G.K. Chesterton’s tales of his humble little priest with “a harmless hobby of murder and robbery” continue to be a gentle joy. They certainly lack danger and suspense, and are probably best viewed from a kind of academic armchair detective’s perspective. There is no Sherlock Holmes adrenalin of charging out with the game afoot, but instead a sitting back and allowing a quiet and simple man to explain just what the game was and how it worked.

I don’t know how far the BBC show ‘Jonathan Creek’ has
I bought this while I was on holiday, and it was pretty good for a holiday read. Father Brown really IS unassuming, which makes it a bit hard to bond with him sometimes, but they were nifty little mysteries nonetheless. Not necessarily an exciting read, but pleasant.

My copy: bought new, in pounds.
Andrew Beasley
Jan 15, 2018 rated it really liked it  ·  review of another edition
Picked this up at a railway station on the way home from the NSTB Awards... just looking for something to take me home to Cornwall. But what a little gem. Dated, certainly, but such clever little mysteries. My first Father Brown, but not my last.
Nov 23, 2017 rated it really liked it  ·  review of another edition
The Father Brown stories... one either loves them or not. I do.

Found this article:

Lecture 52: The Secret of Father Brown
It is no secret that the character of Father Brown was inspired by Fr. John O’Connor. Chesterton was intrigued by the fact that most people do not take priests seriously, thinking them out of touch with the grime and crime of the real world. It never occurs to them that a man who hears confessions might have some insight into the dark recesses of the human soul.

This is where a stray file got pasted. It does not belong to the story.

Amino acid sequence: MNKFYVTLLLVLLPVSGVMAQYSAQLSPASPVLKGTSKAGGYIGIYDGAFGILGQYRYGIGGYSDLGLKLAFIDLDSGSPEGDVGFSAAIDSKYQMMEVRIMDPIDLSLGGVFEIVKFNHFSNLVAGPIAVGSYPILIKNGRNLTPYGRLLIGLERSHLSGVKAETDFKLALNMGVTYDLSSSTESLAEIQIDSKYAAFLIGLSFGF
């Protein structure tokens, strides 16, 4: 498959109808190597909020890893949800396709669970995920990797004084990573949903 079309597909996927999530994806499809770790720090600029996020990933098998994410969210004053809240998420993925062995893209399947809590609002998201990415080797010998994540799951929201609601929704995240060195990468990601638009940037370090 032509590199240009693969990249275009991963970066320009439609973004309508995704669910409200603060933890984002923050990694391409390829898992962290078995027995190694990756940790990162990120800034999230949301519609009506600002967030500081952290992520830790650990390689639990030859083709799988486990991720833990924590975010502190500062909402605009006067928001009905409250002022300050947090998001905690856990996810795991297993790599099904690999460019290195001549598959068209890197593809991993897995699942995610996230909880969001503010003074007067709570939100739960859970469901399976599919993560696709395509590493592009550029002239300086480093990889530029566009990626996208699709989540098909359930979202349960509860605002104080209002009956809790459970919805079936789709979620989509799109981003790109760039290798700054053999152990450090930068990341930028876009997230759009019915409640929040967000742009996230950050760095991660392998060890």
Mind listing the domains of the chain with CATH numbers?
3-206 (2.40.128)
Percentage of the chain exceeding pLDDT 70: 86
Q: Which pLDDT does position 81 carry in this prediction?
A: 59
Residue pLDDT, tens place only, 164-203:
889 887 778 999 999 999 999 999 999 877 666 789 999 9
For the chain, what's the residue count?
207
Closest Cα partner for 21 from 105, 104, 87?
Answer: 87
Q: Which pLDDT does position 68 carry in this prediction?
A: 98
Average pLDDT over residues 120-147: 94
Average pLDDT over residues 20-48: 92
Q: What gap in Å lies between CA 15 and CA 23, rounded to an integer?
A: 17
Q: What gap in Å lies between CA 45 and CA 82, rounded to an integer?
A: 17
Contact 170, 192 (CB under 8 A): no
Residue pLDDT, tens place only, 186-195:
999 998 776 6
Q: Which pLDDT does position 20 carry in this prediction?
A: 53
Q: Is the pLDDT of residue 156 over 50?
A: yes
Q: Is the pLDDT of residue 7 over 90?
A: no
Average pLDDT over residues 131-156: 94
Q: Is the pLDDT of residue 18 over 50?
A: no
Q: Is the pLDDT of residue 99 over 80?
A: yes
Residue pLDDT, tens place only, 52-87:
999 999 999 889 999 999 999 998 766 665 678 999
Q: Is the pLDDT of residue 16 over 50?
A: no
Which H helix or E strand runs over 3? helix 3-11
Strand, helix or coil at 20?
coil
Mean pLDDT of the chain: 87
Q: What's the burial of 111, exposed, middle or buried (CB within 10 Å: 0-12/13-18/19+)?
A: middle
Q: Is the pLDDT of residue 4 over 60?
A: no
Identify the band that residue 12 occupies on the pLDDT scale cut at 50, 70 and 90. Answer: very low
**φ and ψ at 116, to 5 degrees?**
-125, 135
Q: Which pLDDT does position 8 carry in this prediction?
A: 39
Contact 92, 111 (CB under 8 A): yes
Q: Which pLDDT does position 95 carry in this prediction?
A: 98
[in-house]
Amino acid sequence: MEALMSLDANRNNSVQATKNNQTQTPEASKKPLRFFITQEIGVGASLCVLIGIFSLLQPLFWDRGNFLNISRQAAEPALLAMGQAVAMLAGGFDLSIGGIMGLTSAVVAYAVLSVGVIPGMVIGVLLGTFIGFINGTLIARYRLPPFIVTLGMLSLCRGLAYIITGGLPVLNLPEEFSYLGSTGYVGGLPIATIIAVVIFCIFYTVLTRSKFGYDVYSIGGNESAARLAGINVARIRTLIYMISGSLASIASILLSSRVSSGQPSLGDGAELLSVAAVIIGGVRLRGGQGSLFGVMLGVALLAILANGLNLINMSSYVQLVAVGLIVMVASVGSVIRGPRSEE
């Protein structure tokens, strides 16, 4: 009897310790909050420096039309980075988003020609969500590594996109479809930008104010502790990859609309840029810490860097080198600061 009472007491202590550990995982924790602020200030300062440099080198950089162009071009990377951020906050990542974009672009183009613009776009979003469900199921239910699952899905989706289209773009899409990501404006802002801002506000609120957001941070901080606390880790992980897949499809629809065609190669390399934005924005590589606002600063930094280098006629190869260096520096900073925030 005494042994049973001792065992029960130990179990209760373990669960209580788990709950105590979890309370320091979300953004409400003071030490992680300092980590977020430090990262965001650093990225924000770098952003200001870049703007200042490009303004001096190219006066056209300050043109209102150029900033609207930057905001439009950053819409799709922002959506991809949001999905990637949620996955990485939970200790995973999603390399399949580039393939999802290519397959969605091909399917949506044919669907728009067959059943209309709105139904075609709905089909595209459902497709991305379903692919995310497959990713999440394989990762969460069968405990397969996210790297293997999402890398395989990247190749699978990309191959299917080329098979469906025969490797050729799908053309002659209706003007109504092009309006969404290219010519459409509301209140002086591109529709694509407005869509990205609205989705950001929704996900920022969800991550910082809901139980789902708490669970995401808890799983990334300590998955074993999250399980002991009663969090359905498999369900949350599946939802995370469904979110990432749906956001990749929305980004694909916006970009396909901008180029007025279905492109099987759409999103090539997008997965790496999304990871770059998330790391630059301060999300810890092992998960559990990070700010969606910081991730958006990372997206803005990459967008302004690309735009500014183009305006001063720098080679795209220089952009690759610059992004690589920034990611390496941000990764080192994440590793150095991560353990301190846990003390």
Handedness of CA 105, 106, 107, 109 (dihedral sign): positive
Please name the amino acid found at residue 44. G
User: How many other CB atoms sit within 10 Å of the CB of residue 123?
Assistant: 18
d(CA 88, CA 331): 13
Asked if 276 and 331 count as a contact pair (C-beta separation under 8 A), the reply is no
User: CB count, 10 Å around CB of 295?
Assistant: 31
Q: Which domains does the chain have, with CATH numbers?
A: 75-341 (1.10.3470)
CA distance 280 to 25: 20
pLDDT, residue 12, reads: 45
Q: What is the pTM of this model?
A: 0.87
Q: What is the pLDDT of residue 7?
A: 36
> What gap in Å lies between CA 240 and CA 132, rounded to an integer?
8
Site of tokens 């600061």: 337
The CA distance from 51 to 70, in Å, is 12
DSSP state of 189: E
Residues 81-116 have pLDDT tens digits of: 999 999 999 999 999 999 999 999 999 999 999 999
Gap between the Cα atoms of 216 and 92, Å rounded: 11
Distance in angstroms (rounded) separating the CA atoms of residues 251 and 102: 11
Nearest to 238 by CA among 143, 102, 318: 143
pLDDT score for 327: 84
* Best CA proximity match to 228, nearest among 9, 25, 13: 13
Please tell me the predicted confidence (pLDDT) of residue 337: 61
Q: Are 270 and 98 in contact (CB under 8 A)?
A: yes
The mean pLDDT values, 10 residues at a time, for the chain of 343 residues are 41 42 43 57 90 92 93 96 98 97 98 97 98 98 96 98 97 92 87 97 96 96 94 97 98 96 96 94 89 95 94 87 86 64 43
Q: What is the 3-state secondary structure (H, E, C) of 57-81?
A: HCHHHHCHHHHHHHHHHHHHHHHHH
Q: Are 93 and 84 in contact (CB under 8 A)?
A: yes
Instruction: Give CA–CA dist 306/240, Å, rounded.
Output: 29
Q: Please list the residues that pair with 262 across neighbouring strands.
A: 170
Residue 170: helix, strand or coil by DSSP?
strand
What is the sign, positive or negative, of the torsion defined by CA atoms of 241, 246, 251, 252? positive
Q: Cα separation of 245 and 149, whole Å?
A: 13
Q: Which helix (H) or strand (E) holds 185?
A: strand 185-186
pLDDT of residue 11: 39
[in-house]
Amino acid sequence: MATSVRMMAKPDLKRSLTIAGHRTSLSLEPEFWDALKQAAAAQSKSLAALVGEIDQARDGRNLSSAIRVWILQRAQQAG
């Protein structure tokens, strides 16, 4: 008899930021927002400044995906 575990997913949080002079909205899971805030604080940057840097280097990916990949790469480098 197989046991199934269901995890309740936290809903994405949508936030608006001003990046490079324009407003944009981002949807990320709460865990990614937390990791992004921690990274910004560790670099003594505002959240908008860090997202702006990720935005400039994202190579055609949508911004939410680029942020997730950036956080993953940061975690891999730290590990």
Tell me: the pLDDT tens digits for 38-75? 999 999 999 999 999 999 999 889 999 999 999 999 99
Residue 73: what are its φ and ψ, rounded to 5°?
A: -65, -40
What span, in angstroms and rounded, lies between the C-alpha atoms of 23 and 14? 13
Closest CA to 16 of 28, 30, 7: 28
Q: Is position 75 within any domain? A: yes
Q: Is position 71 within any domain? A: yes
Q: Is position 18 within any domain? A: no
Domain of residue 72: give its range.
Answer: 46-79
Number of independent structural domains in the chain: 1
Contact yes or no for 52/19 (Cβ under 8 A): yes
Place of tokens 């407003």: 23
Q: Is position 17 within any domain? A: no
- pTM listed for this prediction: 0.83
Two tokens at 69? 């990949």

Jan 29, 2015 rated it liked it  ·  review of another edition
I have a "Meh" feeling toward those stories.
Oct 02, 2015 rated it it was amazing  ·  review of another edition
Shelves: owned
Generaciju nakon A. C. Doylea, Chestertonov seoski svećenik uspješno stoji na ramenima divova.
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Gilbert Keith Chesterton (1874-1936) was born in London, educated at St. Paul’s, and went to art school at University College London. In 1900, he was asked to contribute a few magazine articles on art criticism, and went on to become one of the most prolific writers of all time. He wrote a hundred books, contributions to 200 more, hundreds of poems, including the epic Ballad of the White Horse, fi ...more
More about G.K. Chesterton...

Other Books in the Series

Father Brown (5 books)
  • The Innocence of Father Brown (Father Brown, #1)
  • The Wisdom of Father Brown (Father Brown, #2)
  • The Incredulity of Father Brown (Father Brown, #3)
  • The Scandal of Father Brown (Father Brown, #5)
“Flambeau, once the most famous criminal in France and later a very private detective in England, had long retired from both professions. Some say a career of crime had left him with too many scruples for a career of detection. Anyhow, after a life of romantic escapes and tricks of evasion, he had ended at what some might consider an appropriate address; a castle in Spain. [...] Flambeau had casually and almost abruptly fallen in love with a Spanish lady, married and brought up a large family on a Spanish estate, without displaying any apparent desire to stray again beyond its borders.” 2 likes